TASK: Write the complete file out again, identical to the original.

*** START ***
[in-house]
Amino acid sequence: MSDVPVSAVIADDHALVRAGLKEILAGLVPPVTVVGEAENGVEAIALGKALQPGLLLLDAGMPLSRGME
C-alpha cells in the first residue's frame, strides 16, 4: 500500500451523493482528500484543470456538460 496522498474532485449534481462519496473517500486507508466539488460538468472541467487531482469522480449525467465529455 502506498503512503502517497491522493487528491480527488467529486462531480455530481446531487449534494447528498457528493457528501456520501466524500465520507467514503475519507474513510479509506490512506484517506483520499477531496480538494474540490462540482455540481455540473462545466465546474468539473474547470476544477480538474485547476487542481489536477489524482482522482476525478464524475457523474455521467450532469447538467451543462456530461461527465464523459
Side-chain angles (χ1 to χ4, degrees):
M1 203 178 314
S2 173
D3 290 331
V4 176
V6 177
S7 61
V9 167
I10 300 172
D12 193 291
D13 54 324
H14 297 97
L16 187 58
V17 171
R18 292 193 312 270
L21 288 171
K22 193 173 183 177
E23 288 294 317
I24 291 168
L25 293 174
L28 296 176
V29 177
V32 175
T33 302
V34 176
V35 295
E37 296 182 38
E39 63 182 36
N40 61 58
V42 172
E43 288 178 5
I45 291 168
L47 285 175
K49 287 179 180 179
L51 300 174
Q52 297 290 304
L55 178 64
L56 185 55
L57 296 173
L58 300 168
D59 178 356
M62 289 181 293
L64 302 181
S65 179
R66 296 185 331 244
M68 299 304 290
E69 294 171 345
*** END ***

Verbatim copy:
[in-house]
Amino acid sequence: MSDVPVSAVIADDHALVRAGLKEILAGLVPPVTVVGEAENGVEAIALGKALQPGLLLLDAGMPLSRGME
C-alpha cells in the first residue's frame, strides 16, 4: 500500500451523493482528500484543470456538460 496522498474532485449534481462519496473517500486507508466539488460538468472541467487531482469522480449525467465529455 502506498503512503502517497491522493487528491480527488467529486462531480455530481446531487449534494447528498457528493457528501456520501466524500465520507467514503475519507474513510479509506490512506484517506483520499477531496480538494474540490462540482455540481455540473462545466465546474468539473474547470476544477480538474485547476487542481489536477489524482482522482476525478464524475457523474455521467450532469447538467451543462456530461461527465464523459
Side-chain angles (χ1 to χ4, degrees):
M1 203 178 314
S2 173
D3 290 331
V4 176
V6 177
S7 61
V9 167
I10 300 172
D12 193 291
D13 54 324
H14 297 97
L16 187 58
V17 171
R18 292 193 312 270
L21 288 171
K22 193 173 183 177
E23 288 294 317
I24 291 168
L25 293 174
L28 296 176
V29 177
V32 175
T33 302
V34 176
V35 295
E37 296 182 38
E39 63 182 36
N40 61 58
V42 172
E43 288 178 5
I45 291 168
L47 285 175
K49 287 179 180 179
L51 300 174
Q52 297 290 304
L55 178 64
L56 185 55
L57 296 173
L58 300 168
D59 178 356
M62 289 181 293
L64 302 181
S65 179
R66 296 185 331 244
M68 299 304 290
E69 294 171 345